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Florida's outlook remains bright

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Posted on Mon, Jan. 17, 2005


Florida's outlook remains bright


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One thing four hurricanes can't destroy is growth of the Florida economy.

In September, after weeks of battering by Charley, Frances, Ivan and Jeanne, the state actually gained a few thousand jobs.

And then things basically returned to normal. Between September and October alone, employment rose by 59,000.

How can that be? Simply put, Florida remains a place people want to visit or live in. And barring four more hurricanes this year, growth should continue in 2005.

''Florida is still a magical place, where people want to relocate and retire,'' said Darrell Kelley, chief executive of Enterprise Florida, the state's development arm. ``I anticipate 2005 will be a banner year for job growth.''


Besides perennials like tourism and retailing, Kelley sees increasing gains in more technical fields. Although The Scripps Research Institute has been delayed by permitting problems, its plans to expand here has highlighted the state's scientific prowess.

''Florida is on the map for life sciences,'' says Kelley.

Kelley, of course, is paid to be an optimist. But most observers have similarly upbeat views.

The outlook is for continued job growth, although it could taper off from 2004. The tourism market should have a record winter, but summer remains a question mark considering last hurricane season. And the real estate boom looks to extend its run -- although for how long is anyone's guess.

''We see the trends of last year continuing,'' says Frank Nero, head of the Beacon Council, Miami-Dade's development agency.

Although Miami is historically the most sluggish of the state's major metro areas, unemployment has dwindled to 5.7 percent, where it was before the 9/11 attacks.


Meanwhile, a strong euro and plunging dollar have made South Florida newly attractive to foreign investors and tourists. ''Normally, the projects we close are one-third international and two-thirds domestic,'' Nero says. ``Last year it was a 50-50 split.''

Broward had a similar experience, says JT Tarlton, head of the Broward Alliance.

''We had a lot more activity in 2004 on the international front, which took us into many areas we hadn't planned on,'' he says. For instance, county leaders are increasingly seeing not just foreign tourists, but foreign direct investment -- where companies buy assets in the community.

That's not to say South Florida is without its concerns. Nero fears the construction boom could create a condo glut in Miami, as happened in the 1980s. High housing costs in general are making it tougher to recruit companies.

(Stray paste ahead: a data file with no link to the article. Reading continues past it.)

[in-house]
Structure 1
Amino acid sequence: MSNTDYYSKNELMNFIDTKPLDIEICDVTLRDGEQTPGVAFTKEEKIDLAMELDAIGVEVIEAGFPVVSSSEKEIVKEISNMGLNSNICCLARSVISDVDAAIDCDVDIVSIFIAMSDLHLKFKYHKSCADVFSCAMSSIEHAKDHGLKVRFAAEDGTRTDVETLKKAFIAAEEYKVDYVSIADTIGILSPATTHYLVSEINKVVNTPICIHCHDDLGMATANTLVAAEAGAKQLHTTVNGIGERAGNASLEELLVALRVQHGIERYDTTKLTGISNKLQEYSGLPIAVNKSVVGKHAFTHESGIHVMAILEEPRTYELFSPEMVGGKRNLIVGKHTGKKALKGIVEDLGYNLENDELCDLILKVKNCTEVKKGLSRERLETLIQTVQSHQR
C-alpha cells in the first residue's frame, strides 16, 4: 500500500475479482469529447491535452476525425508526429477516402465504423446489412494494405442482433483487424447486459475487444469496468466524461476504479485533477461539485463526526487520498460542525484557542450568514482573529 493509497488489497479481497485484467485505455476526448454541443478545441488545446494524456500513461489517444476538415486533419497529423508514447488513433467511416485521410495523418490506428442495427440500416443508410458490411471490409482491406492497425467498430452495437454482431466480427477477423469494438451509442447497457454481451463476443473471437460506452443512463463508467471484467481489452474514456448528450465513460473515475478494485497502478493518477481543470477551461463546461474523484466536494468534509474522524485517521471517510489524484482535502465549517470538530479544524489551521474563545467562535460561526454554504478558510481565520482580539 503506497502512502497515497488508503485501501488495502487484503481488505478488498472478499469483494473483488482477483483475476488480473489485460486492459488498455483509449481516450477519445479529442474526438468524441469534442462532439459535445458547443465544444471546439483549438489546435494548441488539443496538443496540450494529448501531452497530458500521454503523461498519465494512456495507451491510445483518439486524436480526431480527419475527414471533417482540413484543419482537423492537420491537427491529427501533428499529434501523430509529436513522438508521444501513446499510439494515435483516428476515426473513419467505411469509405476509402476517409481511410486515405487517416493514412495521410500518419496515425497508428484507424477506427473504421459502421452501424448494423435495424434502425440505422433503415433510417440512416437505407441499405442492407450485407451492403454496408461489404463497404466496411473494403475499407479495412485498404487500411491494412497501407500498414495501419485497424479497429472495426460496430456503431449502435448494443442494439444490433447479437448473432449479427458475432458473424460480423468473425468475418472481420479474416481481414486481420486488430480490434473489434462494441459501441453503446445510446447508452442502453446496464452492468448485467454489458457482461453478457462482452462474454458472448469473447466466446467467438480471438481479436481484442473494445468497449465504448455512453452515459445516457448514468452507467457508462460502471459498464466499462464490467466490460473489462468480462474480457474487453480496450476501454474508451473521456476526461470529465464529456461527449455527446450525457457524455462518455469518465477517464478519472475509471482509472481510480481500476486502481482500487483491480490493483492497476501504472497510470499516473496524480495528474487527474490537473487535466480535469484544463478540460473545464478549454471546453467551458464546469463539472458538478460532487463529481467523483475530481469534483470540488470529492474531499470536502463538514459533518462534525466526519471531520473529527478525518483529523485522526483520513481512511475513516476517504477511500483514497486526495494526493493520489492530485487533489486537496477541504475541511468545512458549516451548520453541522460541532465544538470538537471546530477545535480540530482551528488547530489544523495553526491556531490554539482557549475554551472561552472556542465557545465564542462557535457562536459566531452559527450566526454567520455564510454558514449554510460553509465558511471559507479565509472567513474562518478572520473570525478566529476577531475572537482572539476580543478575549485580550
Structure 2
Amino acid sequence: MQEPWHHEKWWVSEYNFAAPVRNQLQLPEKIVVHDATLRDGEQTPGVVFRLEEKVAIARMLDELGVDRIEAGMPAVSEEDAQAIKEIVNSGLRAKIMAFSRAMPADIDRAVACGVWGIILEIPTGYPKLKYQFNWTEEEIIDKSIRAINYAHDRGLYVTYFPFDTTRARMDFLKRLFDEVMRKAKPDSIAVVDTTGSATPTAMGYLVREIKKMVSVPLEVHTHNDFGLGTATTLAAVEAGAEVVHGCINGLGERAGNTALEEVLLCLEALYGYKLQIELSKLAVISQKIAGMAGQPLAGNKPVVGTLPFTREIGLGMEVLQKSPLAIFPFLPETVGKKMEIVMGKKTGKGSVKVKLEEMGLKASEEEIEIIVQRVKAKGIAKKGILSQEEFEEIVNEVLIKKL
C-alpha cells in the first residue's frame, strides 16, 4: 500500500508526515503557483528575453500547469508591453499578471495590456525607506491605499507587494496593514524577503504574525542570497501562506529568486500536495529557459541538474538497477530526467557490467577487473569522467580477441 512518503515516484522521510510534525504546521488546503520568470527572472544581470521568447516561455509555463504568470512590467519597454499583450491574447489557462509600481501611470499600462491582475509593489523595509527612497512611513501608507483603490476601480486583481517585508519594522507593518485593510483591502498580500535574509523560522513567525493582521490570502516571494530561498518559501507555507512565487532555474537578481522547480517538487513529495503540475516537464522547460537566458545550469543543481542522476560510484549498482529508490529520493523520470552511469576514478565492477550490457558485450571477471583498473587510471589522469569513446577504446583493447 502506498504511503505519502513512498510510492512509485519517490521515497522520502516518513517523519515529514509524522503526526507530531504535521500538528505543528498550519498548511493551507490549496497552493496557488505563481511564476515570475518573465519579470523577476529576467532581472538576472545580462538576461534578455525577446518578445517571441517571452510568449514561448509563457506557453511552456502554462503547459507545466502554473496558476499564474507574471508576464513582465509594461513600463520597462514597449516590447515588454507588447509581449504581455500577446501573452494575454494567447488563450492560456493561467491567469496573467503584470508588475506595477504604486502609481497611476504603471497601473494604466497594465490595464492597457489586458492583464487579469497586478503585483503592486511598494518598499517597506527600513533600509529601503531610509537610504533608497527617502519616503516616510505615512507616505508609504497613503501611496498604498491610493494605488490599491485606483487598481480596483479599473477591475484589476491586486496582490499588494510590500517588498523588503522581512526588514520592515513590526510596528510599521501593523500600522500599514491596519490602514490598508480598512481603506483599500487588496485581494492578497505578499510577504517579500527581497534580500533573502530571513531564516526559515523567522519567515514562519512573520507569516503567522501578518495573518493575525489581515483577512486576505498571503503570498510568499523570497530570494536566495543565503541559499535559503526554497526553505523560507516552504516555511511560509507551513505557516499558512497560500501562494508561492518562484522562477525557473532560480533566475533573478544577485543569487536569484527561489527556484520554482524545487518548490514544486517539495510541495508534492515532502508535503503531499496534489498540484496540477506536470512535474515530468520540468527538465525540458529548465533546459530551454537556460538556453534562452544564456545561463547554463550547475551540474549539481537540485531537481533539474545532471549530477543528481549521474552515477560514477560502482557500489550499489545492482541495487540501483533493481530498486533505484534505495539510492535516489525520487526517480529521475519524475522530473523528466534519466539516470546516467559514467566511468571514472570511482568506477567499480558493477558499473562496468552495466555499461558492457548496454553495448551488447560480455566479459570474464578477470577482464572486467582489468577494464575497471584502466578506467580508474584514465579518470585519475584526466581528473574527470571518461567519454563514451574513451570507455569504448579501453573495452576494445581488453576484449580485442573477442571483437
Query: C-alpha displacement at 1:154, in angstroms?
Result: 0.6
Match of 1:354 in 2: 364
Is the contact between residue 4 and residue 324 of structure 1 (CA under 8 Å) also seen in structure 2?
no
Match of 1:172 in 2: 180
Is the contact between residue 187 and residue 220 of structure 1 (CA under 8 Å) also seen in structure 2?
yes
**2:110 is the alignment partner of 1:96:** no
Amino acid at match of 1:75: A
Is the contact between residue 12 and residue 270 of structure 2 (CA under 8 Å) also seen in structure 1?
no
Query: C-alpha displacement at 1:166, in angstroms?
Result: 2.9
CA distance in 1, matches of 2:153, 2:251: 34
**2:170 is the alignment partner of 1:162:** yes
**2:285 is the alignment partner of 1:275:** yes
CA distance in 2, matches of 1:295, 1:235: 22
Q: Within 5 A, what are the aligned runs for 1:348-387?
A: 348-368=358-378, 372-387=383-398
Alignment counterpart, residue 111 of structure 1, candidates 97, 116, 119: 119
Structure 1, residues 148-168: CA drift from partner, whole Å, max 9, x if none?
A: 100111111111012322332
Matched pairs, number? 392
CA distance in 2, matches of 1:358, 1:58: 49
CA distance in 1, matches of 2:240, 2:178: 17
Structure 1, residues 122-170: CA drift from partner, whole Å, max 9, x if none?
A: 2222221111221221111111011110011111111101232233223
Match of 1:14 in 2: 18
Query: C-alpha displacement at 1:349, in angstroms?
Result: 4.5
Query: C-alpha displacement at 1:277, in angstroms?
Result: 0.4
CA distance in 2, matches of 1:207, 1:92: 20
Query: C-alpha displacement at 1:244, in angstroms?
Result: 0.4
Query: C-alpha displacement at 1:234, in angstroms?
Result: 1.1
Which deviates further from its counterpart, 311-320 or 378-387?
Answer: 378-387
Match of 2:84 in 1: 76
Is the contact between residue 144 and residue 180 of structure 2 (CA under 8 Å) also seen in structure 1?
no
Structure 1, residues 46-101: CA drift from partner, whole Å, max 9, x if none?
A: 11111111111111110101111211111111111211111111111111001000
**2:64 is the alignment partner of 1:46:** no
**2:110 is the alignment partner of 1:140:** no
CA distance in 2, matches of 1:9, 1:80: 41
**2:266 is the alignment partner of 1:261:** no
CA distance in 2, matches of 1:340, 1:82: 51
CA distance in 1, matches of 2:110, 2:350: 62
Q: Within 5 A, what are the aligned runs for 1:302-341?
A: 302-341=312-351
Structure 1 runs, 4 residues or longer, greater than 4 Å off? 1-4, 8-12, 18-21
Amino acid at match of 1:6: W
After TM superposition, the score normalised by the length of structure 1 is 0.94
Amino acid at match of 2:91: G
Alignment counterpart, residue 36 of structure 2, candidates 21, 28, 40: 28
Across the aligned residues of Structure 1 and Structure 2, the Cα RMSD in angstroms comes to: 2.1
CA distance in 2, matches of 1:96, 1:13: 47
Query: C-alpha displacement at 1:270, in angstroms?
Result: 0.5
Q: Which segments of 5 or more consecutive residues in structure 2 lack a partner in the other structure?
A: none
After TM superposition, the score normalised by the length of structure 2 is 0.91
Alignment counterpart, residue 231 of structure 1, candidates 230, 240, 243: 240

And the rush of downtown condo projects could squeeze out job-creating office buildings. ''You may have an urban core that's a bedroom community,'' says Nero. ``People will commute from downtown to the suburbs.''

Despite the rosy outlook, no one is predicting a return to the boom that began in the late 1990s. In 2000, Florida gained nearly a quarter-million jobs -- despite limited exposure to Internet-related industries driving the expansion.


Final figures for 2004 aren't in, but November employment was 160,500 over a year ago.

Tony Villamil, a Miami economist, believes vitality could taper off a bit in 2005. For one thing, the Federal Reserve appears set to continue raising interest rates, which could take some wind out of real estate's sales.

''It's going to be a mixed bag,'' said Villamil. ``We have population-driven growth. But we'll see much slower new construction employment.''

Across Florida, tourism is a common economic denominator. And this year, the outlook is for a hot season, helped greatly by the slumping dollar.

In Miami, for instance, European arrivals are up 11 percent.

The rest of the state is also benefiting, says Hank Fishkind, an Orlando economist.


''Orlando is doing terrific,'' he says. Besides currency translations, the city's amusement parks have added new attractions and begun national marketing campaigns touting them.

The city's clout in business travel is also growing.

''The convention center in Orlando just added 1 million square feet of space,'' Fishkind says.

Still, Florida convention business may feel a sting from the 2004 hurricanes. The reason: Companies may be reluctant to book major meetings during storm season.

But summer should remain strong ''on the leisure side,'' said Bill Talbert, head of the Greater Miami Convention and Visitors Bureau.

Talbert notes that, in the past 10 years, Miami has shaken off crime concerns and has added innumerable high-end hotels. Formerly dowdy locations such as Sunny Isles and North Beach have been reborn.

''It's the hottest place in the world right now,'' Talbert says.

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